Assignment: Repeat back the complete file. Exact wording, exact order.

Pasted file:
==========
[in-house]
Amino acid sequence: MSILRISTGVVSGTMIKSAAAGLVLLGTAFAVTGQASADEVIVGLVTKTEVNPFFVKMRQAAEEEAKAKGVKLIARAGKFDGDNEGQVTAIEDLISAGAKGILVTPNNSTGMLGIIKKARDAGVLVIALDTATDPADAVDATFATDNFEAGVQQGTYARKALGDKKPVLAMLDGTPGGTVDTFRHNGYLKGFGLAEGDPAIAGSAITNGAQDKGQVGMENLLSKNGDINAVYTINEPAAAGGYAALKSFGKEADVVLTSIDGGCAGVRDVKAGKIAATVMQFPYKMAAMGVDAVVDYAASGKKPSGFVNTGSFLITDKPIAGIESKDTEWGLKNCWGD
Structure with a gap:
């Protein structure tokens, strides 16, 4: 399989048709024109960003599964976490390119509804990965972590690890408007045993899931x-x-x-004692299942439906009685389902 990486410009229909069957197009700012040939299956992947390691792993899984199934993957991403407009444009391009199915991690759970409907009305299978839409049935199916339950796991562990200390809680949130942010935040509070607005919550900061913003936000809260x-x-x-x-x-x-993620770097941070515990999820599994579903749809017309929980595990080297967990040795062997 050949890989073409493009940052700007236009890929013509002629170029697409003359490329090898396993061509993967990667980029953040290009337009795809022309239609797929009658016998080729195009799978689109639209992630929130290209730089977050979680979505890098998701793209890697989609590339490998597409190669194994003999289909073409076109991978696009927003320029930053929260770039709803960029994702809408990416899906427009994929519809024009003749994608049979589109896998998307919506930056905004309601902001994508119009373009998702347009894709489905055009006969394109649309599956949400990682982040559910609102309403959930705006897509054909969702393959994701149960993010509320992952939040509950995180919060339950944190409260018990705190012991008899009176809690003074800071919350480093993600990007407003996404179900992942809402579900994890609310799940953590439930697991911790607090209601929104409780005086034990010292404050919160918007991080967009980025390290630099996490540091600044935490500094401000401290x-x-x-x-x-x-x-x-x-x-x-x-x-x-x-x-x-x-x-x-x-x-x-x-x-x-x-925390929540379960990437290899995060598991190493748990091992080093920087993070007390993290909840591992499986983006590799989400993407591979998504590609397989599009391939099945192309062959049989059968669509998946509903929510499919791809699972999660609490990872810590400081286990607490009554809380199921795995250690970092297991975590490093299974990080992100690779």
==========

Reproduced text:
[in-house]
Amino acid sequence: MSILRISTGVVSGTMIKSAAAGLVLLGTAFAVTGQASADEVIVGLVTKTEVNPFFVKMRQAAEEEAKAKGVKLIARAGKFDGDNEGQVTAIEDLISAGAKGILVTPNNSTGMLGIIKKARDAGVLVIALDTATDPADAVDATFATDNFEAGVQQGTYARKALGDKKPVLAMLDGTPGGTVDTFRHNGYLKGFGLAEGDPAIAGSAITNGAQDKGQVGMENLLSKNGDINAVYTINEPAAAGGYAALKSFGKEADVVLTSIDGGCAGVRDVKAGKIAATVMQFPYKMAAMGVDAVVDYAASGKKPSGFVNTGSFLITDKPIAGIESKDTEWGLKNCWGD
Structure with a gap:
């Protein structure tokens, strides 16, 4: 399989048709024109960003599964976490390119509804990965972590690890408007045993899931x-x-x-004692299942439906009685389902 990486410009229909069957197009700012040939299956992947390691792993899984199934993957991403407009444009391009199915991690759970409907009305299978839409049935199916339950796991562990200390809680949130942010935040509070607005919550900061913003936000809260x-x-x-x-x-x-993620770097941070515990999820599994579903749809017309929980595990080297967990040795062997 050949890989073409493009940052700007236009890929013509002629170029697409003359490329090898396993061509993967990667980029953040290009337009795809022309239609797929009658016998080729195009799978689109639209992630929130290209730089977050979680979505890098998701793209890697989609590339490998597409190669194994003999289909073409076109991978696009927003320029930053929260770039709803960029994702809408990416899906427009994929519809024009003749994608049979589109896998998307919506930056905004309601902001994508119009373009998702347009894709489905055009006969394109649309599956949400990682982040559910609102309403959930705006897509054909969702393959994701149960993010509320992952939040509950995180919060339950944190409260018990705190012991008899009176809690003074800071919350480093993600990007407003996404179900992942809402579900994890609310799940953590439930697991911790607090209601929104409780005086034990010292404050919160918007991080967009980025390290630099996490540091600044935490500094401000401290x-x-x-x-x-x-x-x-x-x-x-x-x-x-x-x-x-x-x-x-x-x-x-x-x-x-x-925390929540379960990437290899995060598991190493748990091992080093920087993070007390993290909840591992499986983006590799989400993407591979998504590609397989599009391939099945192309062959049989059968669509998946509903929510499919791809699972999660609490990872810590400081286990607490009554809380199921795995250690970092297991975590490093299974990080992100690779």